For the record, despite my disappointing grade in freshman calculus once upon a time, I am perfectly capable of counting, so yes, I do know that I tracked six CCHA players instead of five. With a team like Miami, having been so dominant and so balanced this season, I thought it made sense to toss one more RedHawk into the mix, particularly since Carter Camper and Tommy Wingels have (for now) the same number of points.
The reason I bring this up is because in looking at another top team, Wisconsin, as I apply Ken Campbell’s “Campbellnomics” stats to the WCHA’s top-scoring forwards, I expanded one more time, and included not one, not two, but three Badgers in my analysis.
(Cue UHF line: “Badgers? Badgers? We don’t need no stinking Badgers!)
Actually, we do need them, sicne they’re one of the top teams in the country, and they have one of the top offenses in college hockey. Of course, it’s also an offense that has some balance to it, with four players with 28 points or more, including three 30-point scorers, and where the Badger forwards are concerned, that’s not a good thing in the Hobey race (we’ll get to Brendan Smith in our last installment). With a team that’s winning big – thanks to both that prolific offense and a stifling defense – and getting production from many different sources (seven players have five or more goals), the chances that a given player will be involved on the deciding goal(s) of the game are reduced. That’s trouble in the Campbellnomics system, which awards points only on six types of goals: first goal, go-ahead goal, tying goal, comeback goal, last lead, and overtime (you get one point per goal and half a point per assist for each category the goal falls into).
Applying the system to the Badgers’ top forwards, the fine seasons being enjoyed by Derek Stepan and Michael Davies take a hit. Davies, who’s 13th in the country with 1.28 points per game on 11 goals and 21 assists, totals just 13.5 Campbellnomics points, for an average of .54 CPPG. Derek Stepan, meanwhile, has 31 points (6g, 25a) in 25 games, and ranks 18th in the country with 1.24 points per game, but the digits get flipped in Campbellnomics, and he has 13 points for an averaged of .52 CPPG. The big impact man among Wisconsin’s forwards is Blake Geoffrion, which makes sense, since the system favors goals, and he’s the top goal scorer for Mike Eaves’ team. Geoffrion’s 18 goals and 10 assists in 26 games give him an average of 1.08 PPG (45th in the nation), and his Campbellnomics score is 17 points, good for .65 CPPG.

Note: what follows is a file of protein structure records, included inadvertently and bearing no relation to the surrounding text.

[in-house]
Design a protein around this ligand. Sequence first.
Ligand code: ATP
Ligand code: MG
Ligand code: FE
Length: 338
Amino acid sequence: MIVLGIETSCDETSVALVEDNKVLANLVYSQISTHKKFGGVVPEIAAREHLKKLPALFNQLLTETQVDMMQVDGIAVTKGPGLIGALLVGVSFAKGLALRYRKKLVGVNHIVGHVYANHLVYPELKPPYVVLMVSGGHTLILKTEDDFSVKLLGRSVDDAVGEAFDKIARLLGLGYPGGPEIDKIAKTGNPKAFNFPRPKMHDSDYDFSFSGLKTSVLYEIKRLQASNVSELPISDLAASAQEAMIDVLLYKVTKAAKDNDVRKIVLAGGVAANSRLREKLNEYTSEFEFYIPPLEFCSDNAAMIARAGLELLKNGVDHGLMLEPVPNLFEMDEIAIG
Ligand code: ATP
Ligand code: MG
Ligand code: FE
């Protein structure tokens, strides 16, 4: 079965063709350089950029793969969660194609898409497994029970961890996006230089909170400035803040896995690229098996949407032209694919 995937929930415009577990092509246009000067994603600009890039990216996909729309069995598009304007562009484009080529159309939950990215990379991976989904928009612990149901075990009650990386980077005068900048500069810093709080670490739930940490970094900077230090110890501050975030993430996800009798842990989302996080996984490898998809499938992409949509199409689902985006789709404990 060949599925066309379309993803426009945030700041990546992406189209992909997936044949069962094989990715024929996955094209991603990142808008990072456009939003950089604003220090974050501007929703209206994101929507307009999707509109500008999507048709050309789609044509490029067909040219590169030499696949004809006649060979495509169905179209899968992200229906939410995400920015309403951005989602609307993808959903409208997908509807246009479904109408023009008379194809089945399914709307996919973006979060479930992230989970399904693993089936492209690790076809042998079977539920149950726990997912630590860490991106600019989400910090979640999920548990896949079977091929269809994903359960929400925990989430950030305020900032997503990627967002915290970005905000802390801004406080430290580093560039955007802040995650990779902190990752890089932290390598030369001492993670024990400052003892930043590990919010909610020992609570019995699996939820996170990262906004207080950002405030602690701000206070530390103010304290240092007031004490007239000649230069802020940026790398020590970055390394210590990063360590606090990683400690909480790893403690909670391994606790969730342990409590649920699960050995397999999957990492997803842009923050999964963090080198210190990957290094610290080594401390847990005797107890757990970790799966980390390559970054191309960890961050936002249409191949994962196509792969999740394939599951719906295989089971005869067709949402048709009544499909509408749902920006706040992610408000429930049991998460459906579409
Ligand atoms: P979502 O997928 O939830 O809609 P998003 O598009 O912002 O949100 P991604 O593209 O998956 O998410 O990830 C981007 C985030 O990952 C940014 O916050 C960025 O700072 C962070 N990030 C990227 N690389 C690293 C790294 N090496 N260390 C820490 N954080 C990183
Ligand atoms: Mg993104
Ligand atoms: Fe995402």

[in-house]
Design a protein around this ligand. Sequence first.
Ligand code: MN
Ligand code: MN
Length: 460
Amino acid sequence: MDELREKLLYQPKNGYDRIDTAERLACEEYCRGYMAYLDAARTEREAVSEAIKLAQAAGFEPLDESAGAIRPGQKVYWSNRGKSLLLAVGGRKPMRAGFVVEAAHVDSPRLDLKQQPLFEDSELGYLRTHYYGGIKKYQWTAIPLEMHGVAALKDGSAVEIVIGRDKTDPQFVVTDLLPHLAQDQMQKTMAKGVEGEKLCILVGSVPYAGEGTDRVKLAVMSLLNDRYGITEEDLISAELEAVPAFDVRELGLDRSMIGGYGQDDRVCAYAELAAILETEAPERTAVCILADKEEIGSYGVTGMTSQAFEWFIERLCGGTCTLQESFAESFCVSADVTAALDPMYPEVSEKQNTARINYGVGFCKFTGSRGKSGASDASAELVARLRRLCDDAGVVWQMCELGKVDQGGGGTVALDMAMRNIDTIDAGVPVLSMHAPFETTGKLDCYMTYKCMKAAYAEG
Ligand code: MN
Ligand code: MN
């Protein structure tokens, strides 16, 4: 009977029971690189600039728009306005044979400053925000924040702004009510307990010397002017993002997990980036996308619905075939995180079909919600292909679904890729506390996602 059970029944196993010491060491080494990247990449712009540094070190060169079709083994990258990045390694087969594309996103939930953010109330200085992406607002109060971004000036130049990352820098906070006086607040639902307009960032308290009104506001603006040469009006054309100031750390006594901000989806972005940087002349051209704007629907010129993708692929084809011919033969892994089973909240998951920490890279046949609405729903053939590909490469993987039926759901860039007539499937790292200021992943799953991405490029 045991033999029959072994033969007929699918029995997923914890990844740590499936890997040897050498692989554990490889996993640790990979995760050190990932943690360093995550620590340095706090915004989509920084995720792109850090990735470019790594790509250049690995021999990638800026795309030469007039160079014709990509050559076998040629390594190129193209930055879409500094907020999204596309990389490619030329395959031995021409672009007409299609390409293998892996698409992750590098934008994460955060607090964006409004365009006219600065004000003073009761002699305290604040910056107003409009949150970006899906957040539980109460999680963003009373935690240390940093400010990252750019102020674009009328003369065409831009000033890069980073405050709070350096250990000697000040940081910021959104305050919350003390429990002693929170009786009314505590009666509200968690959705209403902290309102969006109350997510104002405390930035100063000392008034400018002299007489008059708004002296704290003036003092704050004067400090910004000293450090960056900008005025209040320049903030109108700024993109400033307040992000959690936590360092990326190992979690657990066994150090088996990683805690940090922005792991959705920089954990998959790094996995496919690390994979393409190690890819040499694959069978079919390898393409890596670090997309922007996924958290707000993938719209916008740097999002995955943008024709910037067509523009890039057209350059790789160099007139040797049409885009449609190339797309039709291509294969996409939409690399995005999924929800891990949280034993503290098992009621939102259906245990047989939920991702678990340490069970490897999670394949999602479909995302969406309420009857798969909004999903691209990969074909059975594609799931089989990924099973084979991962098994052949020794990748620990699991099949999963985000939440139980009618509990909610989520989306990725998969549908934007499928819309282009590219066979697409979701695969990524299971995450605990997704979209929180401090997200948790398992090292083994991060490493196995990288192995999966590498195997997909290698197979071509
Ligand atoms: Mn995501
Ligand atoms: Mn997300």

Meanwhile, at Minnesota Duluth, forwards Jack Connolly and Justin Fontaine have been having big years for the Bulldogs, ranking 10th and 17th, respectively, in the nation in points per game. Surprisingly, despite similar point breakdowns (16g, 23a for Connolly, 17g, 19a for Fontaine), Fontaine scores significantly higher in the Campbellnomics system, as his 20.5 Campbellnommics points average out to .71 CPPG, compared to 16.5 Campbellnomics poitns and .55 CPPG for Connolly.
The big winner in the WCHA, though, is Denver forward Rhett Rakhshani. Rakhshani – and how come no video game geek in Denver has nicknamed him “Prince of Persia?” – is 16th in the nation in scoring with 17 goals and 18 assists in 28 games for an average of 1.25 points per game, and when the Campbellnomics system, he leapfrogs the WCHA’s other top scoring forwards, for 23 Campbellnomics poitns and a .82 CPPG average.
Of course, through all of this, there’s an elephant in the room, since Brendan Smith is the one who got me started on all this. But that’s fine, because the defensemen are next.